You have a right to wear your hair the way you want it.
Unless you’re at work. Or at school.
In 2010, Chastity Jones aced her interview and was offered a job. But when she went into the company to fill out the paperwork, a human resources manager noticed her dreadlocks. Chastity was told she’d have to get rid of them if she wanted to work there. She chose to walk away instead.
The Equal Employment Opportunity Commission took up the case, claiming racial discrimination.
Six years later, a federal court of appeals held that the company had the right to require its employees to conform to its expectations in dress and grooming. Personal appearance is not protected under the law.
Students have always known what it’s like to be told what they can and can’t wear at school.
But for students of color, those restrictions often go even further.
In the past 6 years alone, African American students have been threatened with expulsion, banned from competing in sports, and even banned from attending prom because of their dreadlocks, braids or afros.
In a world where women already face discrimination based on how they look, it seems ridiculous that anyone should be punished for having kinky, textured hair.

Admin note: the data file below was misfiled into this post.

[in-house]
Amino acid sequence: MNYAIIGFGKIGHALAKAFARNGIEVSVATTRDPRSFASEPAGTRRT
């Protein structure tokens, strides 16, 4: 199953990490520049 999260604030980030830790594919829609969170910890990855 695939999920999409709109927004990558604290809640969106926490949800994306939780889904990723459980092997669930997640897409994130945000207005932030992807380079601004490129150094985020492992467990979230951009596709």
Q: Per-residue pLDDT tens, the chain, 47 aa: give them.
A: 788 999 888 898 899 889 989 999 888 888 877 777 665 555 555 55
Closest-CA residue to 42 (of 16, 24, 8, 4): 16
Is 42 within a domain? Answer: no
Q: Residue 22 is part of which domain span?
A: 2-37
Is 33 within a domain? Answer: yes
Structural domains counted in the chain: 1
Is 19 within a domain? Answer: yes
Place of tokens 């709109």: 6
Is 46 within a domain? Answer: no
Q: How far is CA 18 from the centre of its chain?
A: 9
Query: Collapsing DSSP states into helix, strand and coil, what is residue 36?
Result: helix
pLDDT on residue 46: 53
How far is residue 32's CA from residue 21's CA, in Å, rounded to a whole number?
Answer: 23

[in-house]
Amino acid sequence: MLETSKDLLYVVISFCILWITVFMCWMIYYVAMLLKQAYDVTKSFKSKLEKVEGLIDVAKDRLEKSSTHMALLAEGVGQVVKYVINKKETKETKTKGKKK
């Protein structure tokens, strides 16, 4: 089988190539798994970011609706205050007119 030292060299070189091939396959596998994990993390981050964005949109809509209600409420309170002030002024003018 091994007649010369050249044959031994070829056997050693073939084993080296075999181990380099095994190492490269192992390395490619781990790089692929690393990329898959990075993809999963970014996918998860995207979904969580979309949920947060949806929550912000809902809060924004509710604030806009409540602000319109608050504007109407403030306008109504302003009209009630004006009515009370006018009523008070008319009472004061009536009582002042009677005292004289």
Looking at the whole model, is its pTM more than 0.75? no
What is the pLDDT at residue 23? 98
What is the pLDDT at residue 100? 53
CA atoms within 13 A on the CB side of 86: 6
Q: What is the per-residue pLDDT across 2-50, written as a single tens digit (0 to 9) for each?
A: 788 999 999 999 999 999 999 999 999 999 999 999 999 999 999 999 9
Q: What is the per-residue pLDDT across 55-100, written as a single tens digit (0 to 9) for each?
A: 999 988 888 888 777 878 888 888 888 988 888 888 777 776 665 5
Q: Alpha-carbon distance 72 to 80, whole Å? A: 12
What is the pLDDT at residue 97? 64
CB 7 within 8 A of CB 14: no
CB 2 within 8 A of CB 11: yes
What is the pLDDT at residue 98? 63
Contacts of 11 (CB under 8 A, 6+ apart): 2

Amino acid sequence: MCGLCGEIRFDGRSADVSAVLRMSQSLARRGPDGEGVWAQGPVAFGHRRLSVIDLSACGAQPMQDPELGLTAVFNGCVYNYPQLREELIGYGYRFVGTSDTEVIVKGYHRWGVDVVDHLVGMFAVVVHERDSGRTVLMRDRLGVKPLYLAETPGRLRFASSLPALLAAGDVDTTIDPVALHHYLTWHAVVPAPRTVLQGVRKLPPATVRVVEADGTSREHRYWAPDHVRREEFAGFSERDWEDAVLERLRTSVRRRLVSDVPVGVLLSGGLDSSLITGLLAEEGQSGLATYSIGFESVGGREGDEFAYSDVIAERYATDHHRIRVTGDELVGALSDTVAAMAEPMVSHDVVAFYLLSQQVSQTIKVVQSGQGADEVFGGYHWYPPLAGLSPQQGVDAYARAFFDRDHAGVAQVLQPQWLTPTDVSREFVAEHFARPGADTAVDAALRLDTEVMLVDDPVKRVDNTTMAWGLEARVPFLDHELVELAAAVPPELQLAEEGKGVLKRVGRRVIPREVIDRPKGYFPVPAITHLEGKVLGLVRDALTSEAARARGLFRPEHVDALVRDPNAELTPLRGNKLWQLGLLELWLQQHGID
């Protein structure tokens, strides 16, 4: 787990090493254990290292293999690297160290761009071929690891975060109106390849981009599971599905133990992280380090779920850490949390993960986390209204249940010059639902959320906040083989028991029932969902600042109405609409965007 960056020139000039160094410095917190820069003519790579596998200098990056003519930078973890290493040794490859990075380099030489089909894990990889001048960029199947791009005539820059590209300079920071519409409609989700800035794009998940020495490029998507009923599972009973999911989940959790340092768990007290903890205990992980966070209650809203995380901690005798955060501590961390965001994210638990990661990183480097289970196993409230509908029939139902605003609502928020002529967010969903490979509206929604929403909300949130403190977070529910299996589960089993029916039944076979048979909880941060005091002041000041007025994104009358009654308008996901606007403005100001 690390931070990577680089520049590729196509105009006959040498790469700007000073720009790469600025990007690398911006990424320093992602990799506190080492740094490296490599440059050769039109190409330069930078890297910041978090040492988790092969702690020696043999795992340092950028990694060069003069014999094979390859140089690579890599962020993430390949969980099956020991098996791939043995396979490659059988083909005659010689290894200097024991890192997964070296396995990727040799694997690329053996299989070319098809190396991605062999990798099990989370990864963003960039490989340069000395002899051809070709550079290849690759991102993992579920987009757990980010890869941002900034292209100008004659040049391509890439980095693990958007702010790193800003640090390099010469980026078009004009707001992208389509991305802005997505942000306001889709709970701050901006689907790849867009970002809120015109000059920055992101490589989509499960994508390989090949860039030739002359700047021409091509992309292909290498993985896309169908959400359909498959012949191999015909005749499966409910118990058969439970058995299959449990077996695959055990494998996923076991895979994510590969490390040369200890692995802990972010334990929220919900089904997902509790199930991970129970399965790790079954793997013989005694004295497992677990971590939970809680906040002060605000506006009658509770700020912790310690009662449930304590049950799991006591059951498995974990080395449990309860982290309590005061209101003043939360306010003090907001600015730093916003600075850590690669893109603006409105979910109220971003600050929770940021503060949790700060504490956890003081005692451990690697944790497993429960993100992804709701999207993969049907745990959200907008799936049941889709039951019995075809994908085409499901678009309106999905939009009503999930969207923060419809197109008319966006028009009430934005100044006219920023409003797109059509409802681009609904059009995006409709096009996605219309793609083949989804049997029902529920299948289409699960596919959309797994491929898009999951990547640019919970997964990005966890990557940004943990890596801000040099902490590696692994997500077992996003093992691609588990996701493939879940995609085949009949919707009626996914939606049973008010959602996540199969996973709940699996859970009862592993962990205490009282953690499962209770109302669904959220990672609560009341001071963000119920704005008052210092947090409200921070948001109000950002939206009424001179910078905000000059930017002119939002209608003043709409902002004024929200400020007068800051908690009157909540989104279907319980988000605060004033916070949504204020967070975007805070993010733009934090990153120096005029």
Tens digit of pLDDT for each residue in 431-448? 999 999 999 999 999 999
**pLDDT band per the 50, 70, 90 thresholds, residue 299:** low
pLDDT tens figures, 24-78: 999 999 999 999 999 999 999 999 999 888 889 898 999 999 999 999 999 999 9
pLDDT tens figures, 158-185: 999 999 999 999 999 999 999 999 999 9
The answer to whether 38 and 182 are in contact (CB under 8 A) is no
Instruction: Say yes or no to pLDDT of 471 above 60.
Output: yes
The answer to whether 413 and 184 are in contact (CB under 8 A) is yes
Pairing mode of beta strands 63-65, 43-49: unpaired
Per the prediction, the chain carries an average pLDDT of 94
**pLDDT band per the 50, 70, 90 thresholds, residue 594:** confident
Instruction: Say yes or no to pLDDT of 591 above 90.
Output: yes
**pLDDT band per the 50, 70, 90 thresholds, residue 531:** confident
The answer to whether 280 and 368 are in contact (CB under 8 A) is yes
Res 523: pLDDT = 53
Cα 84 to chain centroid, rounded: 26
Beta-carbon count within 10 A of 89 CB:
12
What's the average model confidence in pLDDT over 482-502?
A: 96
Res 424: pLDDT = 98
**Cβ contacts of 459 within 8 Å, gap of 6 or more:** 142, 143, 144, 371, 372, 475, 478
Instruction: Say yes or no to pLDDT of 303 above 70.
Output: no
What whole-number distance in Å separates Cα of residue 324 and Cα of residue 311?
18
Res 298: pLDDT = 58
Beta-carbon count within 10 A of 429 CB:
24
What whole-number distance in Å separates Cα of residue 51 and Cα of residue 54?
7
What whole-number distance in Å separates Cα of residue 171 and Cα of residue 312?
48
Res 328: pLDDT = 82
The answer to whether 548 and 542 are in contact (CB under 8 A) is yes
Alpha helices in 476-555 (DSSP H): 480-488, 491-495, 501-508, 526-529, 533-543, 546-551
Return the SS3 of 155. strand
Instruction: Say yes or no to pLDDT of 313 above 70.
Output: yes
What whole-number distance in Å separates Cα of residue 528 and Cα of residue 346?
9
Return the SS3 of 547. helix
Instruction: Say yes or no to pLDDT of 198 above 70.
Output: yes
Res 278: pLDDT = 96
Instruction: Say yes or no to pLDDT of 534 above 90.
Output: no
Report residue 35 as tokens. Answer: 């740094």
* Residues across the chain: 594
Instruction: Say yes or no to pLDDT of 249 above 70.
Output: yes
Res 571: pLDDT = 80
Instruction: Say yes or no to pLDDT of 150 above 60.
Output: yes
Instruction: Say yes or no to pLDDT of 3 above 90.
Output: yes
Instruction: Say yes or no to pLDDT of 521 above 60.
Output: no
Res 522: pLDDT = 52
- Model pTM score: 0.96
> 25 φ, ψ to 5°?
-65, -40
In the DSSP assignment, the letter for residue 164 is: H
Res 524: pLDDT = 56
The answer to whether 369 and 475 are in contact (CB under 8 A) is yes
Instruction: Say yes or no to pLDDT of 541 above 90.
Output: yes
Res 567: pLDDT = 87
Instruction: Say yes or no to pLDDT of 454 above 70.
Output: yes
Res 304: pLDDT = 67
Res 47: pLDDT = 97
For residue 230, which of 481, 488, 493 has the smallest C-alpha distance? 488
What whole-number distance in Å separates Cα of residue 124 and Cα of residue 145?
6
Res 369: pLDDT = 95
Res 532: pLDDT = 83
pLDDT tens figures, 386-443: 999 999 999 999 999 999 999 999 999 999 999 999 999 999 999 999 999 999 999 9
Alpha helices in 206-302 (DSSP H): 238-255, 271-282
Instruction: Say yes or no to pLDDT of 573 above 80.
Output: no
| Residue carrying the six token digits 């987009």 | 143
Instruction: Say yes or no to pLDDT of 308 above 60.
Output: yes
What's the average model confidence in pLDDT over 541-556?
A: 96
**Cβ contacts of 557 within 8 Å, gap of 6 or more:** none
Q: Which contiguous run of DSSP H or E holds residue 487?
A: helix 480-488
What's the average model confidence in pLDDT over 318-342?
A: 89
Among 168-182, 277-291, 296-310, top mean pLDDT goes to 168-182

Yet many African American women have had to conform to European hair standards in the workplace, where straight hair is perceived as tidy and professional while natural hair is perceived as distracting or unkempt.
Luckily, that’s changing.
The natural hair movement is encouraging women to give up chemical straighteners and embrace their natural texture, boosting the popularity of protective hair styles like locs, braids, and bantu knots.
But the workplace has been slow to catch up.
That’s why Dove joined with the National Urban League, Color Of Change, and Western Center on Law and Poverty to form the CROWN Coalition to end hair discrimination.
Dove surveyed 2000 women and discovered that black women are 1.5 times more likely than white women to be sent home from work because of their hair.
They’re also 80% more likely to state that they have to change their natural hair to fit in at the office.
Thanks in part to the CROWN Coalition’s efforts, in July California became the first state to ban racial discrimination based on hairstyle.
California senator Holly Mitchell introduced the bill with a direct challenge to the ruling that hairstyle is a personal choice, not protected by law.
“The way the hair grows out of my head as a black woman is a trait of race,” she said.
The CROWN (Create a Respectful and Open Workplace for Natural Hair) Act was also signed into law in New York state.
However, 48 states remain.
You can join the movement to end hair discrimination across the United States by signing the petition here.